Thought leadership can be achieved in more ways than one
Recently, LinkedIn announced that they were to open applications for people to become ‘influencers’ or ‘thought leaders’ on the professional networking site, but why would you want to?
Influencers are people who are considered to be at the top of their game when it comes to their industry and their opinions on it. This helps them to reach the right people in their industry and boosts trust and reputation.
LinkedIn has thus far only opened its doors to becoming an influencer on their site to 150 people, with more expected in the coming months. However, a quick look at the thought leaders on the site shows people like Richard Branson, so I think it’s wise to say that it’s not a simple task to become one, although if you want to you can apply here.
In order to become a thought leader, it’s something that you are going to have to invest time in though and in order for LinkedIn to accept you, you’re going to have to push some very good, well-written and innovative content their way.
Why become a thought leader and is this the only way?
Of course not, many online influencers began with their own blogs, providing insight and ideas that others in the industry didn’t. This is no easy feat of course, you do have to consistently write authoritative blogs which can take a while to get noticed.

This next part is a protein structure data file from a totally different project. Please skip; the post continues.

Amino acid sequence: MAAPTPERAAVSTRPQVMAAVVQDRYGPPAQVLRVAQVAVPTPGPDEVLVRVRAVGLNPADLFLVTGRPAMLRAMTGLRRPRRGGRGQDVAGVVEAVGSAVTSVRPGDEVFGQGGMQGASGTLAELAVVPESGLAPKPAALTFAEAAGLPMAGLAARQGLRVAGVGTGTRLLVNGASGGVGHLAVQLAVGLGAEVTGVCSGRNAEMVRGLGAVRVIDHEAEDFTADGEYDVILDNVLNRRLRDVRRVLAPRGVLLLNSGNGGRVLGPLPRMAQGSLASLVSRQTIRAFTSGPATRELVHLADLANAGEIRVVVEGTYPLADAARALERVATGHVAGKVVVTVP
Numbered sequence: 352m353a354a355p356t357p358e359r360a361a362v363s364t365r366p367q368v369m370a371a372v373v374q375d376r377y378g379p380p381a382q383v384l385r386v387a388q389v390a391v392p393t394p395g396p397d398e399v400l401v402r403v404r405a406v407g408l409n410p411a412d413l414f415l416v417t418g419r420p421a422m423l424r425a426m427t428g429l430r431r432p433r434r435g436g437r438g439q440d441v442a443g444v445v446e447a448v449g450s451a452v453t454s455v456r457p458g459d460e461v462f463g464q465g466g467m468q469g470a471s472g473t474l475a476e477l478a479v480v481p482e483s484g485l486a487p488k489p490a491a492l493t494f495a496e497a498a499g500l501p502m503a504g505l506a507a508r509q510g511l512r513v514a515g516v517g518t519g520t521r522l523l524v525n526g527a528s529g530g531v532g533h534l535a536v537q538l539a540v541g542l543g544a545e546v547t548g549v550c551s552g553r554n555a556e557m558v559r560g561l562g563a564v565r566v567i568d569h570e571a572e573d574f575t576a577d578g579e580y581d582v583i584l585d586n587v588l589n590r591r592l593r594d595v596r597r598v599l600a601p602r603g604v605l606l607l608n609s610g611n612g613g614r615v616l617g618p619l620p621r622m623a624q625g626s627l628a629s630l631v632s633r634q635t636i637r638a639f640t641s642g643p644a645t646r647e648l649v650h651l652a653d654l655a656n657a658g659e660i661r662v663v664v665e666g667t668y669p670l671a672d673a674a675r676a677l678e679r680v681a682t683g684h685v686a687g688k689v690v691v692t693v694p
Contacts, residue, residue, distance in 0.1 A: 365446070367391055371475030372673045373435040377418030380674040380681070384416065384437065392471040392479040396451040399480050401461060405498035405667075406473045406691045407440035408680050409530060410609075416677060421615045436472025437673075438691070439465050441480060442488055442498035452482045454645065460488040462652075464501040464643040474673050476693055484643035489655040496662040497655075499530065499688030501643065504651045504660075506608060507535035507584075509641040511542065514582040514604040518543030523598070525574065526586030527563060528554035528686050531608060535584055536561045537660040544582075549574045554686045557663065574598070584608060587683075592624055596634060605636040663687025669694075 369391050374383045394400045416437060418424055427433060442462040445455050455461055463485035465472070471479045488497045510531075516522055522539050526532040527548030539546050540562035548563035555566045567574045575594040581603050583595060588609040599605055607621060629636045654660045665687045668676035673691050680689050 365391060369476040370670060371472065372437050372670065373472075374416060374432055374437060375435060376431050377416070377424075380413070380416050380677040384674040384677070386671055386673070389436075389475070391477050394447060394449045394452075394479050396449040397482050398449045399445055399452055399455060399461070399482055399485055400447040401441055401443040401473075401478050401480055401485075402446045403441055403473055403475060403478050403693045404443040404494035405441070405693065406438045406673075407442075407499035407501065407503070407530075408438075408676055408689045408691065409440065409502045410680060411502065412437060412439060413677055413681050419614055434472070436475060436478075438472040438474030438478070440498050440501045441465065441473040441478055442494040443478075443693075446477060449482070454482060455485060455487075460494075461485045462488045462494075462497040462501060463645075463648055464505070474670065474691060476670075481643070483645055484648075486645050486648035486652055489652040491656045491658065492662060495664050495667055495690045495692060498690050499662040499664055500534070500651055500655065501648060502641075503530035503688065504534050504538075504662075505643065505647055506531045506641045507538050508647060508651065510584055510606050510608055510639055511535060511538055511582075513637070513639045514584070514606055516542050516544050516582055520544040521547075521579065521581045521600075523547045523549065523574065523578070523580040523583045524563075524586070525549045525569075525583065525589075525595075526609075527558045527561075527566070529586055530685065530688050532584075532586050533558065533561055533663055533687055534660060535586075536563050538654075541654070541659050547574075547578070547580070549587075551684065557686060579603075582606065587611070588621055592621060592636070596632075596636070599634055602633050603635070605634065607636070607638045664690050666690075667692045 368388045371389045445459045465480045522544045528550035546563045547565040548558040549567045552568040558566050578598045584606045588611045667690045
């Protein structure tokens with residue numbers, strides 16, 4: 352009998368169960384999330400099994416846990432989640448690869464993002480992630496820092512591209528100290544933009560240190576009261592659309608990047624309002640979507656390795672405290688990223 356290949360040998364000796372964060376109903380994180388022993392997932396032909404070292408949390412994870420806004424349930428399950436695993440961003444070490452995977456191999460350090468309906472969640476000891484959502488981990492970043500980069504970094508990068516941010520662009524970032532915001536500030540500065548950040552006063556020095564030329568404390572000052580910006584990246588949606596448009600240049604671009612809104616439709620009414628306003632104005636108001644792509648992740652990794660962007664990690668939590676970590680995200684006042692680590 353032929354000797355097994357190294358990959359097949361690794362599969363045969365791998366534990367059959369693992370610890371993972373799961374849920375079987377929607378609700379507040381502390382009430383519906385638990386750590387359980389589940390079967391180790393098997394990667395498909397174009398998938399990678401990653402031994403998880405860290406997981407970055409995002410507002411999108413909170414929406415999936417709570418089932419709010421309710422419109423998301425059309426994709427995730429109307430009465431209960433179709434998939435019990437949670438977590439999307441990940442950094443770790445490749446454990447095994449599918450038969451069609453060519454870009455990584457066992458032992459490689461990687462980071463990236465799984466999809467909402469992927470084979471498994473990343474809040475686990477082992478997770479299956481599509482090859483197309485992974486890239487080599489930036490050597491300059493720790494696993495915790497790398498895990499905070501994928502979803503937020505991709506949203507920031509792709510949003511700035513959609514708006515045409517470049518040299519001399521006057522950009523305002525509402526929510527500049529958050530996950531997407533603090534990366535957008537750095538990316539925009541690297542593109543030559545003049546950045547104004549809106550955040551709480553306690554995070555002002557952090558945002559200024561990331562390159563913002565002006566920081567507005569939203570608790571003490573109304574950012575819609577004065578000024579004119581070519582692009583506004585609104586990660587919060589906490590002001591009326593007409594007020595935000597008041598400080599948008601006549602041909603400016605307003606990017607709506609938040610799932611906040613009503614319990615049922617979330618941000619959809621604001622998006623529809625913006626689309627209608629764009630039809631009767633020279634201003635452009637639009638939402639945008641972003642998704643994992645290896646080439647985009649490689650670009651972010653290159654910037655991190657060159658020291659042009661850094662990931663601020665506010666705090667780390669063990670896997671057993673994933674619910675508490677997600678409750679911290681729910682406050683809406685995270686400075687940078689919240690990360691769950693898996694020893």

To become a thought leader for LinkedIn, you have to prove that you are an authority on a subject and give links to prove it (although I suspect Richard Branson didn’t). Another stipulation is that under no circumstances should you market or push your own products on the social site.
You should be talking about your industry, it should be insightful, thought-provoking and inspire trust in other professionals that you have a real grip on the subject matter. This will of course push more business your way, whilst ensuring you’re reaching your industry peers.
As we all know, social marketing works, especially as a form of ‘word of mouth’ advertising and what better way to gain a wide audience than on LinkedIn?
Who are influencers?
92% of people are swayed by family and friends, rather than something that they have read online, which accounts for 59%. The real influencers are those that talk about products, services, research, the things they have read online and made it into something creative.
LinkedIn can help you reach an audience of 175m+, which let’s face it, is going to help business-wise. How successful you can be by applying is another story, but it’s worth keeping an eye on just in case you can slip in there – worth applying anyway.
Whatever the case, influencers can usually take years of hard work to build a decent reputation and become a thought leader; LinkedIn at this point is offering something of a short-cut to this, so it’s worth giving some thought to, especially when you consider how it can build your business substantially.
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